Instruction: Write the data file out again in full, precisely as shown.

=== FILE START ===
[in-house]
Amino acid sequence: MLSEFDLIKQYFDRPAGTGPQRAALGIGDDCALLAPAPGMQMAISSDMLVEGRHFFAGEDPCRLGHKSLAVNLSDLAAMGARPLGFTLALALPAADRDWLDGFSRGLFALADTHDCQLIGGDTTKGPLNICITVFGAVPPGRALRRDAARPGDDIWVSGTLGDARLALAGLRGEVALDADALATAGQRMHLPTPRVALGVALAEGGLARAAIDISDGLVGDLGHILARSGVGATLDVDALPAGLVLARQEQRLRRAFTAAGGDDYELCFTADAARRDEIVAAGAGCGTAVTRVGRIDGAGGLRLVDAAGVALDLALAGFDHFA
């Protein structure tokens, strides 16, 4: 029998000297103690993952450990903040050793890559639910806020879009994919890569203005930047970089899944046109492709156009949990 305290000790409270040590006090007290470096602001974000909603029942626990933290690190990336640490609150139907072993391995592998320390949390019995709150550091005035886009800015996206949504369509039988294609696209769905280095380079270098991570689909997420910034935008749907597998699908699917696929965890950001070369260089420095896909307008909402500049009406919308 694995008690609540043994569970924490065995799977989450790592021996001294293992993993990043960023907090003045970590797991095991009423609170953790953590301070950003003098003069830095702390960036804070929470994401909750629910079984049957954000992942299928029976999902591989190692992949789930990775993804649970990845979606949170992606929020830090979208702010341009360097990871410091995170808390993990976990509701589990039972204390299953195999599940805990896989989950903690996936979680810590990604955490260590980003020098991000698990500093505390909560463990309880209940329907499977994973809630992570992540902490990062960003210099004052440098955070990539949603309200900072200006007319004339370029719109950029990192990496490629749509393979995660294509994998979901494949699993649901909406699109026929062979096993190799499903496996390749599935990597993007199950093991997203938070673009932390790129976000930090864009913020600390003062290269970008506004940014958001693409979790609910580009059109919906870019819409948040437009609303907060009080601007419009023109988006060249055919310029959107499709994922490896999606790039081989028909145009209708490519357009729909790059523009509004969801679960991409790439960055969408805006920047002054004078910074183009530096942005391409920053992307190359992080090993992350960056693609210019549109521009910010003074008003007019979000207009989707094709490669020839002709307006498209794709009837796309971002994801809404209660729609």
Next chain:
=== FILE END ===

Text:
[in-house]
Amino acid sequence: MLSEFDLIKQYFDRPAGTGPQRAALGIGDDCALLAPAPGMQMAISSDMLVEGRHFFAGEDPCRLGHKSLAVNLSDLAAMGARPLGFTLALALPAADRDWLDGFSRGLFALADTHDCQLIGGDTTKGPLNICITVFGAVPPGRALRRDAARPGDDIWVSGTLGDARLALAGLRGEVALDADALATAGQRMHLPTPRVALGVALAEGGLARAAIDISDGLVGDLGHILARSGVGATLDVDALPAGLVLARQEQRLRRAFTAAGGDDYELCFTADAARRDEIVAAGAGCGTAVTRVGRIDGAGGLRLVDAAGVALDLALAGFDHFA
């Protein structure tokens, strides 16, 4: 029998000297103690993952450990903040050793890559639910806020879009994919890569203005930047970089899944046109492709156009949990 305290000790409270040590006090007290470096602001974000909603029942626990933290690190990336640490609150139907072993391995592998320390949390019995709150550091005035886009800015996206949504369509039988294609696209769905280095380079270098991570689909997420910034935008749907597998699908699917696929965890950001070369260089420095896909307008909402500049009406919308 694995008690609540043994569970924490065995799977989450790592021996001294293992993993990043960023907090003045970590797991095991009423609170953790953590301070950003003098003069830095702390960036804070929470994401909750629910079984049957954000992942299928029976999902591989190692992949789930990775993804649970990845979606949170992606929020830090979208702010341009360097990871410091995170808390993990976990509701589990039972204390299953195999599940805990896989989950903690996936979680810590990604955490260590980003020098991000698990500093505390909560463990309880209940329907499977994973809630992570992540902490990062960003210099004052440098955070990539949603309200900072200006007319004339370029719109950029990192990496490629749509393979995660294509994998979901494949699993649901909406699109026929062979096993190799499903496996390749599935990597993007199950093991997203938070673009932390790129976000930090864009913020600390003062290269970008506004940014958001693409979790609910580009059109919906870019819409948040437009609303907060009080601007419009023109988006060249055919310029959107499709994922490896999606790039081989028909145009209708490519357009729909790059523009509004969801679960991409790439960055969408805006920047002054004078910074183009530096942005391409920053992307190359992080090993992350960056693609210019549109521009910010003074008003007019979000207009989707094709490669020839002709307006498209794709009837796309971002994801809404209660729609």
Next chain: